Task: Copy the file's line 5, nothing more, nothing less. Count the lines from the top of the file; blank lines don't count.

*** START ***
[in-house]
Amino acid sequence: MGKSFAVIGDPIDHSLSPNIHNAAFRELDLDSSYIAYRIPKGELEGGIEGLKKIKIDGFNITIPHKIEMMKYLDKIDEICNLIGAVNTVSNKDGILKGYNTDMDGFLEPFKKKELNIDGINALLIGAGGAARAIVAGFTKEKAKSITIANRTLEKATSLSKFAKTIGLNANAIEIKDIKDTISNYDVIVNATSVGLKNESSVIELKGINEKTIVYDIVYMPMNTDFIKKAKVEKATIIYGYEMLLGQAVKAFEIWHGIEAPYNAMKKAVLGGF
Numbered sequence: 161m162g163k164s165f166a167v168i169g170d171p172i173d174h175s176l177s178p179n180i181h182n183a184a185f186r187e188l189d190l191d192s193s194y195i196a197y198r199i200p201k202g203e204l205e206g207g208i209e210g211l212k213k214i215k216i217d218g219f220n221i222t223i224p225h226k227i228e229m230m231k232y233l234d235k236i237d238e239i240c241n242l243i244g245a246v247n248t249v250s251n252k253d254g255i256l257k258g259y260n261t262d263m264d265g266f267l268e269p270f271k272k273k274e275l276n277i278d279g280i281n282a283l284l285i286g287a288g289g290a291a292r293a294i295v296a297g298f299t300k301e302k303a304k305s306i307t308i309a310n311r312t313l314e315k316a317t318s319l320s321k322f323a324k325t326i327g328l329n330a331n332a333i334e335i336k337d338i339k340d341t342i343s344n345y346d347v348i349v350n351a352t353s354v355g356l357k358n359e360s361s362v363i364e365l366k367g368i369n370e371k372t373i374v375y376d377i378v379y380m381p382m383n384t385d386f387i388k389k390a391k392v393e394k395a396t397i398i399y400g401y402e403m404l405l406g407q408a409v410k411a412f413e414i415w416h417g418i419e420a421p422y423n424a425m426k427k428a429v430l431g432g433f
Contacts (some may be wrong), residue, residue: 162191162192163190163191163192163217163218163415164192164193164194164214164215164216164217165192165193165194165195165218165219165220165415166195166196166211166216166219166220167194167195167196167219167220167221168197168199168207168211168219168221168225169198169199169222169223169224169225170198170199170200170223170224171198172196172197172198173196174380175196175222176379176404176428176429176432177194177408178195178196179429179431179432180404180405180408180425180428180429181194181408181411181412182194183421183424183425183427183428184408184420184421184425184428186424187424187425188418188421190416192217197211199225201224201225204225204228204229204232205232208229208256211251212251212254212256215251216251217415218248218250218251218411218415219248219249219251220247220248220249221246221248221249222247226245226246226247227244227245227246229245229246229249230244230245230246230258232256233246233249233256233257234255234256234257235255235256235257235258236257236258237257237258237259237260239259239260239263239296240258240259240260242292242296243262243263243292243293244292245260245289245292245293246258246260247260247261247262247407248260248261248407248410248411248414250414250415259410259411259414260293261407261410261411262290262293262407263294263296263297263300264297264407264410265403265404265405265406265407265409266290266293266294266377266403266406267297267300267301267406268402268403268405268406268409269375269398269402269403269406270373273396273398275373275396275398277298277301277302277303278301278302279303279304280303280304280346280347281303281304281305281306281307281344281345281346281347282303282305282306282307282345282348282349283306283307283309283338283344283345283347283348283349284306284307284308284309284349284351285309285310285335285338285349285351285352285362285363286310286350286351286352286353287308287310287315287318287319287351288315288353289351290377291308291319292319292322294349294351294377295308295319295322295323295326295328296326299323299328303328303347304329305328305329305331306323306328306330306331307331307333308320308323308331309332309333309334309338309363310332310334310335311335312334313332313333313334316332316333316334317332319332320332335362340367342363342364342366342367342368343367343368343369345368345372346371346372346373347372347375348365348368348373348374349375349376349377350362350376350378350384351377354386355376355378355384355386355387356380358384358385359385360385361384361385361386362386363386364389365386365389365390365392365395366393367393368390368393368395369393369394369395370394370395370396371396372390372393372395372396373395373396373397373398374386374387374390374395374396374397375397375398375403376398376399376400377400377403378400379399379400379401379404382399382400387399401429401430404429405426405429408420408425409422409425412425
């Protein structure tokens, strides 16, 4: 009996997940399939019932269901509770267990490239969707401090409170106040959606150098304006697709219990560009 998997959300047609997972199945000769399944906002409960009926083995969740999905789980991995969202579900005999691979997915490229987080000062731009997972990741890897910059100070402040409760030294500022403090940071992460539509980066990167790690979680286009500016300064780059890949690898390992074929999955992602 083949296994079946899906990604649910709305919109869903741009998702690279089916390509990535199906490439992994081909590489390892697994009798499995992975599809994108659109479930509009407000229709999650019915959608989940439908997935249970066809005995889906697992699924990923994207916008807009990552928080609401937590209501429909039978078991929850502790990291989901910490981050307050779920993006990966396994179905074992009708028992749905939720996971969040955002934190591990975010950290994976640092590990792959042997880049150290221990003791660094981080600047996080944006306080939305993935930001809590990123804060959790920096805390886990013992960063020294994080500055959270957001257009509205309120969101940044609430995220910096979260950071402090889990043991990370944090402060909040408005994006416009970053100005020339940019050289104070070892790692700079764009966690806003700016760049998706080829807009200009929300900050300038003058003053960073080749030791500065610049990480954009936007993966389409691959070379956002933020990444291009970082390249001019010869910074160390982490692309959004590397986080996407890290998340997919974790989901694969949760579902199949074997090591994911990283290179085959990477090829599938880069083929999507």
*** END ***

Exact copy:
């Protein structure tokens, strides 16, 4: 009996997940399939019932269901509770267990490239969707401090409170106040959606150098304006697709219990560009 998997959300047609997972199945000769399944906002409960009926083995969740999905789980991995969202579900005999691979997915490229987080000062731009997972990741890897910059100070402040409760030294500022403090940071992460539509980066990167790690979680286009500016300064780059890949690898390992074929999955992602 083949296994079946899906990604649910709305919109869903741009998702690279089916390509990535199906490439992994081909590489390892697994009798499995992975599809994108659109479930509009407000229709999650019915959608989940439908997935249970066809005995889906697992699924990923994207916008807009990552928080609401937590209501429909039978078991929850502790990291989901910490981050307050779920993006990966396994179905074992009708028992749905939720996971969040955002934190591990975010950290994976640092590990792959042997880049150290221990003791660094981080600047996080944006306080939305993935930001809590990123804060959790920096805390886990013992960063020294994080500055959270957001257009509205309120969101940044609430995220910096979260950071402090889990043991990370944090402060909040408005994006416009970053100005020339940019050289104070070892790692700079764009966690806003700016760049998706080829807009200009929300900050300038003058003053960073080749030791500065610049990480954009936007993966389409691959070379956002933020990444291009970082390249001019010869910074160390982490692309959004590397986080996407890290998340997919974790989901694969949760579902199949074997090591994911990283290179085959990477090829599938880069083929999507």